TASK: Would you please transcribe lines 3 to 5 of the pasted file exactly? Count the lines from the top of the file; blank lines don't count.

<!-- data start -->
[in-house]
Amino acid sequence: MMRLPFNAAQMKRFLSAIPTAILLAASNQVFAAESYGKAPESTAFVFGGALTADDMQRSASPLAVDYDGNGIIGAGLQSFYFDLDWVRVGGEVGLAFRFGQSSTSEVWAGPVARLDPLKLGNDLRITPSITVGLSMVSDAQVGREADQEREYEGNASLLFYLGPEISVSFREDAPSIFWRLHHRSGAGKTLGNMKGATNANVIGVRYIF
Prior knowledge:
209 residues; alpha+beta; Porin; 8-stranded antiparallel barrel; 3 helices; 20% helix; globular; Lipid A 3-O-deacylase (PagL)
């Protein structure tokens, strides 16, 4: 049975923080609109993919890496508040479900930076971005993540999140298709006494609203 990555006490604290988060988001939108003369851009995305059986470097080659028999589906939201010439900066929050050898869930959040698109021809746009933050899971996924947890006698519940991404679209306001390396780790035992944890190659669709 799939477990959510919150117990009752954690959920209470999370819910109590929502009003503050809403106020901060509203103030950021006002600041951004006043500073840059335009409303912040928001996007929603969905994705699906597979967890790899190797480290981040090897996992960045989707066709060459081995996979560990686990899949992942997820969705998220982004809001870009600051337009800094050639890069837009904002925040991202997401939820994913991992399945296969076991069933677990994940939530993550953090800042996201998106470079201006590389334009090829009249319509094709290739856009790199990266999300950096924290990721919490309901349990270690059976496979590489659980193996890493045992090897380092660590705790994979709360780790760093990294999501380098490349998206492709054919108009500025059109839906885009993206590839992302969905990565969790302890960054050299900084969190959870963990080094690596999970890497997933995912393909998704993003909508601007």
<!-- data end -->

Prior knowledge:
209 residues; alpha+beta; Porin; 8-stranded antiparallel barrel; 3 helices; 20% helix; globular; Lipid A 3-O-deacylase (PagL)
């Protein structure tokens, strides 16, 4: 049975923080609109993919890496508040479900930076971005993540999140298709006494609203 990555006490604290988060988001939108003369851009995305059986470097080659028999589906939201010439900066929050050898869930959040698109021809746009933050899971996924947890006698519940991404679209306001390396780790035992944890190659669709 799939477990959510919150117990009752954690959920209470999370819910109590929502009003503050809403106020901060509203103030950021006002600041951004006043500073840059335009409303912040928001996007929603969905994705699906597979967890790899190797480290981040090897996992960045989707066709060459081995996979560990686990899949992942997820969705998220982004809001870009600051337009800094050639890069837009904002925040991202997401939820994913991992399945296969076991069933677990994940939530993550953090800042996201998106470079201006590389334009090829009249319509094709290739856009790199990266999300950096924290990721919490309901349990270690059976496979590489659980193996890493045992090897380092660590705790994979709360780790760093990294999501380098490349998206492709054919108009500025059109839906885009993206590839992302969905990565969790302890960054050299900084969190959870963990080094690596999970890497997933995912393909998704993003909508601007």